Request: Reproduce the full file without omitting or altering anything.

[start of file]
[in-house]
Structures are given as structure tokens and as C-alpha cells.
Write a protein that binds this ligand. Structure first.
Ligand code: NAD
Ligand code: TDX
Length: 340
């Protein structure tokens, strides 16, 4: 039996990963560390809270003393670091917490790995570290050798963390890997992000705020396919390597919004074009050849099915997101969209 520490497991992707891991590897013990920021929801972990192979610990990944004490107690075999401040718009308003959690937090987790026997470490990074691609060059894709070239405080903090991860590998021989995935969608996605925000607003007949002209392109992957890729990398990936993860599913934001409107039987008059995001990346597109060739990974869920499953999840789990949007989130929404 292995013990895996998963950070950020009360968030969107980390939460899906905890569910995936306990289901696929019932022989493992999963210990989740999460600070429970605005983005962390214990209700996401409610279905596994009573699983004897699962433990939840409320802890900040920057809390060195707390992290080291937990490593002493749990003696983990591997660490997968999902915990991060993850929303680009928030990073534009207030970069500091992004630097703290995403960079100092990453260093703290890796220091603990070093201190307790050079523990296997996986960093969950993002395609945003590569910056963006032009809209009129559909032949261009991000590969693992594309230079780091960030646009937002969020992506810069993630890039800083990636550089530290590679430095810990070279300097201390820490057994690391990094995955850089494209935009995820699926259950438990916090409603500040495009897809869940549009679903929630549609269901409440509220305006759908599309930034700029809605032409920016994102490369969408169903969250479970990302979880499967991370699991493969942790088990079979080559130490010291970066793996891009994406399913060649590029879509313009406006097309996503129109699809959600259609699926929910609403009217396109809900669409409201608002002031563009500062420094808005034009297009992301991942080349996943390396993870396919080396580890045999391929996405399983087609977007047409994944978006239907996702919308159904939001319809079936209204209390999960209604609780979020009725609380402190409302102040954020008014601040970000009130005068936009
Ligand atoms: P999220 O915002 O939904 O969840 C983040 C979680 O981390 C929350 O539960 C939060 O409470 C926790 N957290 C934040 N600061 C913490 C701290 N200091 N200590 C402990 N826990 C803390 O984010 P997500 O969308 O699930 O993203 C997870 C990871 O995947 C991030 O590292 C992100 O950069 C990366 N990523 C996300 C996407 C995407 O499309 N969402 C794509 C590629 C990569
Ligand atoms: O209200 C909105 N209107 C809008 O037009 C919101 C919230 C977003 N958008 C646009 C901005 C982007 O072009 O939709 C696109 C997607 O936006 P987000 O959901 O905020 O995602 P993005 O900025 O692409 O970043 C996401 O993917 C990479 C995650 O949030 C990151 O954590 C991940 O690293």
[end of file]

[in-house]
Structures are given as structure tokens and as C-alpha cells.
Write a protein that binds this ligand. Structure first.
Ligand code: NAD
Ligand code: TDX
Length: 340
């Protein structure tokens, strides 16, 4: 039996990963560390809270003393670091917490790995570290050798963390890997992000705020396919390597919004074009050849099915997101969209 520490497991992707891991590897013990920021929801972990192979610990990944004490107690075999401040718009308003959690937090987790026997470490990074691609060059894709070239405080903090991860590998021989995935969608996605925000607003007949002209392109992957890729990398990936993860599913934001409107039987008059995001990346597109060739990974869920499953999840789990949007989130929404 292995013990895996998963950070950020009360968030969107980390939460899906905890569910995936306990289901696929019932022989493992999963210990989740999460600070429970605005983005962390214990209700996401409610279905596994009573699983004897699962433990939840409320802890900040920057809390060195707390992290080291937990490593002493749990003696983990591997660490997968999902915990991060993850929303680009928030990073534009207030970069500091992004630097703290995403960079100092990453260093703290890796220091603990070093201190307790050079523990296997996986960093969950993002395609945003590569910056963006032009809209009129559909032949261009991000590969693992594309230079780091960030646009937002969020992506810069993630890039800083990636550089530290590679430095810990070279300097201390820490057994690391990094995955850089494209935009995820699926259950438990916090409603500040495009897809869940549009679903929630549609269901409440509220305006759908599309930034700029809605032409920016994102490369969408169903969250479970990302979880499967991370699991493969942790088990079979080559130490010291970066793996891009994406399913060649590029879509313009406006097309996503129109699809959600259609699926929910609403009217396109809900669409409201608002002031563009500062420094808005034009297009992301991942080349996943390396993870396919080396580890045999391929996405399983087609977007047409994944978006239907996702919308159904939001319809079936209204209390999960209604609780979020009725609380402190409302102040954020008014601040970000009130005068936009
Ligand atoms: P999220 O915002 O939904 O969840 C983040 C979680 O981390 C929350 O539960 C939060 O409470 C926790 N957290 C934040 N600061 C913490 C701290 N200091 N200590 C402990 N826990 C803390 O984010 P997500 O969308 O699930 O993203 C997870 C990871 O995947 C991030 O590292 C992100 O950069 C990366 N990523 C996300 C996407 C995407 O499309 N969402 C794509 C590629 C990569
Ligand atoms: O209200 C909105 N209107 C809008 O037009 C919101 C919230 C977003 N958008 C646009 C901005 C982007 O072009 O939709 C696109 C997607 O936006 P987000 O959901 O905020 O995602 P993005 O900025 O692409 O970043 C996401 O993917 C990479 C995650 O949030 C990151 O954590 C991940 O690293």